The need for more powerful and flexible data models to support non business applications (e.g., scientific or engineering applications) has lead to extended relational data models in which table entries need not be simple values but can be programs, text, unstructured data in the form of binary large objects (BLOBs), or any other format the user requires. Another development has been the incorporation of the object concept that has become significant in programming languages. In object-oriented databases, all data are objects. Objects may be linked together by an “is-part-of” relationship larger, composite object. Data describing a truck, for instance may be stored as a composite of a particular engine, chassis, drive train, and so forth. Classes of objects may form a hierarchy in which individual objects may inherit properties from objects farther up in the hierarchy. For example, objects of the classes “motorized vehicle” all have an engine; members of subclasses such as “truck” or “airplane” will then also have an engine. Furthermore, engines are also data objects, and the engine attribute of a particular vehicle will be a link to a specific engine object. Multimedia databases, in which voice, music, and video are stored along with the traditional textual information, are becoming increasingly important and also are providing an impetus toward viewing data as objects, as are databases of pictorial images such as photographs or maps. The future of database technology is generally perceived to be a merging of relational and object-oriented views.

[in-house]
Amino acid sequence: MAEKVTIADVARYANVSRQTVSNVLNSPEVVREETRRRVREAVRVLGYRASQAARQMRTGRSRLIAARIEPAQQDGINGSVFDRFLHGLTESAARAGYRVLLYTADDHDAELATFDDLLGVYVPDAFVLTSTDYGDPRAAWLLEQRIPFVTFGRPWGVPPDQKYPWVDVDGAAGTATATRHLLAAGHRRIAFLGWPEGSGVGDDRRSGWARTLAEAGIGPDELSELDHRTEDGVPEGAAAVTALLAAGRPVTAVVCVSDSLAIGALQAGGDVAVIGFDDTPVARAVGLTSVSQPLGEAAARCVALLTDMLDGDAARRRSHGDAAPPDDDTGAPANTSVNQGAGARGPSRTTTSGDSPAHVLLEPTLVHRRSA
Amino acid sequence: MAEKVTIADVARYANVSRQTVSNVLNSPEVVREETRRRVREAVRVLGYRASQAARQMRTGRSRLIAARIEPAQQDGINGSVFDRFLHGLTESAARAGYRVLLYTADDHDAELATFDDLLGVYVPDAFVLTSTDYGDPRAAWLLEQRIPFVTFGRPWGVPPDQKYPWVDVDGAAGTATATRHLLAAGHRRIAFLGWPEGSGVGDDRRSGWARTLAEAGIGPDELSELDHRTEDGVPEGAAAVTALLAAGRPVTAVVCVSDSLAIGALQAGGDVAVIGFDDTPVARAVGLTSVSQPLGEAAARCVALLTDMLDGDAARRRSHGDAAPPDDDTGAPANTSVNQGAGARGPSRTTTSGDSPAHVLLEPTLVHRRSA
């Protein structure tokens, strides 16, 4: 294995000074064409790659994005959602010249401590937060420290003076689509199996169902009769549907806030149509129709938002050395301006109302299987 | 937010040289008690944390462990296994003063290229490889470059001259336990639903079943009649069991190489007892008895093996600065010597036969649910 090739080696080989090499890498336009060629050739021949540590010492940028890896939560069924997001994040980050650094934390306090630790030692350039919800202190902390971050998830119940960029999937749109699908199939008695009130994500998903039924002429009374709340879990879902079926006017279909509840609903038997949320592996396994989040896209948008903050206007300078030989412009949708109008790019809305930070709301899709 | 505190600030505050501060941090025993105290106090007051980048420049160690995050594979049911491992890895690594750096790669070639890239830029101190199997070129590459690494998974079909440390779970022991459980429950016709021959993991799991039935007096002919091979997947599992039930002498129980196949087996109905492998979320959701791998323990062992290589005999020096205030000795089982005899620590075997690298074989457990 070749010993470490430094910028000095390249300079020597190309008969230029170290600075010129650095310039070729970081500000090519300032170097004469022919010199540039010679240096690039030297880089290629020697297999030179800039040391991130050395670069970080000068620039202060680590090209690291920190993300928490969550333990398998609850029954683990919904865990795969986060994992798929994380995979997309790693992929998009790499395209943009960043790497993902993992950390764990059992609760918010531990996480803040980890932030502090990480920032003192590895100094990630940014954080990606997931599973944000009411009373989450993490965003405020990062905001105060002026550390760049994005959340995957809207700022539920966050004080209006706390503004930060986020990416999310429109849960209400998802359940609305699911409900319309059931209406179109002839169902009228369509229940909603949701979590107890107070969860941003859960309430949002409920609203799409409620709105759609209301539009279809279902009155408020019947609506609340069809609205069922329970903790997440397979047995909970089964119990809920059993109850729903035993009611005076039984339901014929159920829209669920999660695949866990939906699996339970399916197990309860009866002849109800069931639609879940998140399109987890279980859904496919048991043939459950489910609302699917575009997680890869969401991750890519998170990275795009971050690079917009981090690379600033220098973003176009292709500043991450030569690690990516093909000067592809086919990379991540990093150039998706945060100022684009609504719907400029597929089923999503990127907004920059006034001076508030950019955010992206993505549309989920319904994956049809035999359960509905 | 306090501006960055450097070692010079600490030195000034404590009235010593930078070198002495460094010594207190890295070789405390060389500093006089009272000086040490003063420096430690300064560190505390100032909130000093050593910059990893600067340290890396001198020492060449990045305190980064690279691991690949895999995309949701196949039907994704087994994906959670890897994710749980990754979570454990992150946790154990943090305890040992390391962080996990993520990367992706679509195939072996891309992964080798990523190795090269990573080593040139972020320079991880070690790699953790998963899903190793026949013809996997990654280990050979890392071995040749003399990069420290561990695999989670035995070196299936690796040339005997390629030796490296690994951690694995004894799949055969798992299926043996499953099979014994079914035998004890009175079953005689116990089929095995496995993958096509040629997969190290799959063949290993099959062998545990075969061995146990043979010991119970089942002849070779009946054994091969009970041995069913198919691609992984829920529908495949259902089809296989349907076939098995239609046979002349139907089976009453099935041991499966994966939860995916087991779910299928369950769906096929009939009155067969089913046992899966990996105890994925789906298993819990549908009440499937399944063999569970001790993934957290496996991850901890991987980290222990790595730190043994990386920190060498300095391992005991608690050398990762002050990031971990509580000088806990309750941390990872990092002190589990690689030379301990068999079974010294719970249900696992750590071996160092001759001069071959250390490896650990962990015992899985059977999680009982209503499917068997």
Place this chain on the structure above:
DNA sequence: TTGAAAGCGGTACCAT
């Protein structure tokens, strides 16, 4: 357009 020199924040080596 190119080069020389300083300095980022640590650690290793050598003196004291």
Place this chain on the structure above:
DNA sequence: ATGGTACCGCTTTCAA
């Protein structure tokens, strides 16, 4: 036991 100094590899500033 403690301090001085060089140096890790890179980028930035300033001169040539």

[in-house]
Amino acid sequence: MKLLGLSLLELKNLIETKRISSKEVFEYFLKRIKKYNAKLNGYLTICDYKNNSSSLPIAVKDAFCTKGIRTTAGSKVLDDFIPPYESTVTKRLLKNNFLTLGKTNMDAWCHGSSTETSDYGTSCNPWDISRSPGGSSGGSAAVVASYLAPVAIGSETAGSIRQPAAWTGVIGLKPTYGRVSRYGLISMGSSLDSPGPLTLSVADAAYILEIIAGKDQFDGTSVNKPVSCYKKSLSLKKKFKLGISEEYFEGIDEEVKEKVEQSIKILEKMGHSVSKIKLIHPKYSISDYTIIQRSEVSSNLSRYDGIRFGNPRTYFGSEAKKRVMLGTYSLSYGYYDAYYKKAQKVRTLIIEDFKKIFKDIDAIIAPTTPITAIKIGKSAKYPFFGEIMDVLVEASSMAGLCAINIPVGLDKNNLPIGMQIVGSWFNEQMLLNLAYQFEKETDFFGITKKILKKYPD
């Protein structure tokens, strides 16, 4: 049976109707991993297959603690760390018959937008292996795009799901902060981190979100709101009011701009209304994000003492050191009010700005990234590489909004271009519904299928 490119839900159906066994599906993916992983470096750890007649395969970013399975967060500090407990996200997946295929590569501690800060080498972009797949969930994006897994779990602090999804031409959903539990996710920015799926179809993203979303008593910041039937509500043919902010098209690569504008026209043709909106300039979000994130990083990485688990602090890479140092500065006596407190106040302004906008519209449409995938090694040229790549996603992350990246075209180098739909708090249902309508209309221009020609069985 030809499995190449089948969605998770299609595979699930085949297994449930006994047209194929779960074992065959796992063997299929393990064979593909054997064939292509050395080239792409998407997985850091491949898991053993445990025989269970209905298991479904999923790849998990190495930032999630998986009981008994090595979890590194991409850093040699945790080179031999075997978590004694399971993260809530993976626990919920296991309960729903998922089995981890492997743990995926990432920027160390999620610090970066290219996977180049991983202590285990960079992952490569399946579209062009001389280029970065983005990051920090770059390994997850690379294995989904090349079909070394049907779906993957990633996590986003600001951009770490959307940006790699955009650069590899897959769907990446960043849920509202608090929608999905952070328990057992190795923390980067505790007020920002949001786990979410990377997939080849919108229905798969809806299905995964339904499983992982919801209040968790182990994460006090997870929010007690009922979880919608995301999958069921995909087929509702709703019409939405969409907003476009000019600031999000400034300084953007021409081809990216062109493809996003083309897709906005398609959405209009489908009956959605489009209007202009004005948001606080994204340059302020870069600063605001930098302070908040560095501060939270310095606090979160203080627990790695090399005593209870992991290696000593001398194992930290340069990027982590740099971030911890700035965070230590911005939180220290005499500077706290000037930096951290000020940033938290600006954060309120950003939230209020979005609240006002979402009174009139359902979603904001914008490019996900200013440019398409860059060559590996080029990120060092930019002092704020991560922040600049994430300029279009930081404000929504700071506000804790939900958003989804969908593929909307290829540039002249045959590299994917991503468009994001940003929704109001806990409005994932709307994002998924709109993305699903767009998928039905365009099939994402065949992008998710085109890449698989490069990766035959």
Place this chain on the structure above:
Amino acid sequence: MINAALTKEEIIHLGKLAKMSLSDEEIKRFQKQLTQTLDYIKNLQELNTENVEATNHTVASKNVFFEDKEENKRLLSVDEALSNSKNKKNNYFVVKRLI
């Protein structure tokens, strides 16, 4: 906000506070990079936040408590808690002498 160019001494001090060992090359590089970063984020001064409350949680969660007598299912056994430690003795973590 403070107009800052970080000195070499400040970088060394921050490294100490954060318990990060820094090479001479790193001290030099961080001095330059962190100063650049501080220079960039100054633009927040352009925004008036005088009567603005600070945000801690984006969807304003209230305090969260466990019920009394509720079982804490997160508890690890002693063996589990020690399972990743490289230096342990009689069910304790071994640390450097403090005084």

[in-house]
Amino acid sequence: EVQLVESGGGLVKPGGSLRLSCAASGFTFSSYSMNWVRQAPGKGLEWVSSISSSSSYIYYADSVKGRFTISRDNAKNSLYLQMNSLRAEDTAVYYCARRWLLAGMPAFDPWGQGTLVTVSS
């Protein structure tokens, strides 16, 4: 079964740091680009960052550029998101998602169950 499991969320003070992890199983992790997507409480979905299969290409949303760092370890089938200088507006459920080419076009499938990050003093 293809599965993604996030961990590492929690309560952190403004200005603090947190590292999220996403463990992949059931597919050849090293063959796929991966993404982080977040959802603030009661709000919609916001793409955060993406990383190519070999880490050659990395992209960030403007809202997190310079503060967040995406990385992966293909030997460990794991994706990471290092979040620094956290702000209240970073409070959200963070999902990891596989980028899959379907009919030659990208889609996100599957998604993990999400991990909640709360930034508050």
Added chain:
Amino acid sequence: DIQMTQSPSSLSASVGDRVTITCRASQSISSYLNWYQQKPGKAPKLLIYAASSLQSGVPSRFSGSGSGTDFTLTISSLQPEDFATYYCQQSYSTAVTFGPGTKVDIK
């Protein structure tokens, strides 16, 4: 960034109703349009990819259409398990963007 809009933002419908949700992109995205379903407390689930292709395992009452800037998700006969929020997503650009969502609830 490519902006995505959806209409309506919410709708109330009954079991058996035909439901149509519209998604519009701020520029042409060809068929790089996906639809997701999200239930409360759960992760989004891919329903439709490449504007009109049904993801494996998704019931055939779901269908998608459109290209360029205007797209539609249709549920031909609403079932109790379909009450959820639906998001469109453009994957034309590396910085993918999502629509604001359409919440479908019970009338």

1.2 PROBLEM STATEMENT
Considering the limitation of a book keeping system usually employed in dealing with staff records in the School of Computer Science Mathematics and Information Technology (SOCSMAIT), a computerized database application would be greatly necessitated. This is because a central database server that would hold all staff records created would be stored. As a result staff records and information would easily be accessible from different locations provided they are connected to the central database server, thereby creating a less cumbersome staff record. In addition to the aforementioned, a computerized staff record would also assist staffs in the following problem areas;
- Poor statistics about a particular staff: this may be as a result of lost or misplaced staff files.
- Longer Waiting Time: The record clerk wastes so much time in bringing staff folders. In case the management needs the record for a particular staff, it takes the clerk time to manually organize the data and bring it to the destination where it is needed.
- Inaccurate Staff Report: Sometimes staff report are not properly stated and reported. This results to questionable report being sent to management for planning.